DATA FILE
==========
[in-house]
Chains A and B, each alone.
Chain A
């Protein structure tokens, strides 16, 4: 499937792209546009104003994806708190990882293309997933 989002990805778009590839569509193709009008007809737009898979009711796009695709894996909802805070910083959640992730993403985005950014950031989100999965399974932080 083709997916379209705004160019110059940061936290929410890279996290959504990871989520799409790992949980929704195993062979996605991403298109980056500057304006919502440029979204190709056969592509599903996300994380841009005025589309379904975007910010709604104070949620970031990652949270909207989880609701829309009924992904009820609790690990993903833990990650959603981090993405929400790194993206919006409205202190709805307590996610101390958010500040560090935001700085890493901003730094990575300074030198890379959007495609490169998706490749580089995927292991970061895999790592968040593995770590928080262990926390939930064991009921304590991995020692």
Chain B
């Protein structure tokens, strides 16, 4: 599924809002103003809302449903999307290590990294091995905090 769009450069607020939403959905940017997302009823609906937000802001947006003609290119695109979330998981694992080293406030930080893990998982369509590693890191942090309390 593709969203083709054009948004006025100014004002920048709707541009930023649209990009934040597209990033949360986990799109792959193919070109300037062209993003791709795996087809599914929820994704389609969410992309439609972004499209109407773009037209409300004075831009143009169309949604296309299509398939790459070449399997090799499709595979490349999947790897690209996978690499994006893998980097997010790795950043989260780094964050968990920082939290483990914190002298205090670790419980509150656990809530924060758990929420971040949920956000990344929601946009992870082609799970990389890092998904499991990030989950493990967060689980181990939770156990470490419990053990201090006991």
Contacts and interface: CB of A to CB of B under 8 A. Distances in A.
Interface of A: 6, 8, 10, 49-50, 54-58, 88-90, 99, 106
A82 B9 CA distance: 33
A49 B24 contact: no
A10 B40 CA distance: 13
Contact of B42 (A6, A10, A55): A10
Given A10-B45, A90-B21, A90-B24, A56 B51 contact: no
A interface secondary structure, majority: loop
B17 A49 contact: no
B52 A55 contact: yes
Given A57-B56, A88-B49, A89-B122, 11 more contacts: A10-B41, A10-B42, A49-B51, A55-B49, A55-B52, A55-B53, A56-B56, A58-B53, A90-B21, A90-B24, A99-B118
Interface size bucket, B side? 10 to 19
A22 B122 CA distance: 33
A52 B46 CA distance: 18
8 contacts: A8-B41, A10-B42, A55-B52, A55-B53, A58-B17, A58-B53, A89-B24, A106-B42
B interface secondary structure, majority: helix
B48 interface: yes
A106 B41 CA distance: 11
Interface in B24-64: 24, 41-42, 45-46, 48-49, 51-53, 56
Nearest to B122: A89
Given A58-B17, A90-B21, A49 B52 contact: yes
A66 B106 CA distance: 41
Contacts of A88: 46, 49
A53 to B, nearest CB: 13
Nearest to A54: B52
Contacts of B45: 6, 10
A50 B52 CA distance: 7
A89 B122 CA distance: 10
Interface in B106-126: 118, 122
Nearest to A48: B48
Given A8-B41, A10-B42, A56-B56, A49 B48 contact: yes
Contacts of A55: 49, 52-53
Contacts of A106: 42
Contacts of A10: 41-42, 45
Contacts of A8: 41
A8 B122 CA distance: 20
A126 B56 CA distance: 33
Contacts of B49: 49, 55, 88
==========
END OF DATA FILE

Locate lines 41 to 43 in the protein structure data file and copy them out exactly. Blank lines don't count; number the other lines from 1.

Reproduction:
Contacts of A8: 41
A8 B122 CA distance: 20
A126 B56 CA distance: 33